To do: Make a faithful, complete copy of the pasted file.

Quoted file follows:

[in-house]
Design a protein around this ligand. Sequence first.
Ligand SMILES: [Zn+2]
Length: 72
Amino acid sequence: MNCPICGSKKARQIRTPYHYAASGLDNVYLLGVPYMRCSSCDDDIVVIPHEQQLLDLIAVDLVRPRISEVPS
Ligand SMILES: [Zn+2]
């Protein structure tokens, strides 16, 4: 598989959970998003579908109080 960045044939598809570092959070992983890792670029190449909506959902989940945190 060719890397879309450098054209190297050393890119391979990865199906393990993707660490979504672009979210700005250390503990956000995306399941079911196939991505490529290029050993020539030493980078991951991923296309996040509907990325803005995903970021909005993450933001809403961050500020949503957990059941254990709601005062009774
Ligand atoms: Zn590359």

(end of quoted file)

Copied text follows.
[in-house]
Design a protein around this ligand. Sequence first.
Ligand SMILES: [Zn+2]
Length: 72
Amino acid sequence: MNCPICGSKKARQIRTPYHYAASGLDNVYLLGVPYMRCSSCDDDIVVIPHEQQLLDLIAVDLVRPRISEVPS
Ligand SMILES: [Zn+2]
């Protein structure tokens, strides 16, 4: 598989959970998003579908109080 960045044939598809570092959070992983890792670029190449909506959902989940945190 060719890397879309450098054209190297050393890119391979990865199906393990993707660490979504672009979210700005250390503990956000995306399941079911196939991505490529290029050993020539030493980078991951991923296309996040509907990325803005995903970021909005993450933001809403961050500020949503957990059941254990709601005062009774
Ligand atoms: Zn590359």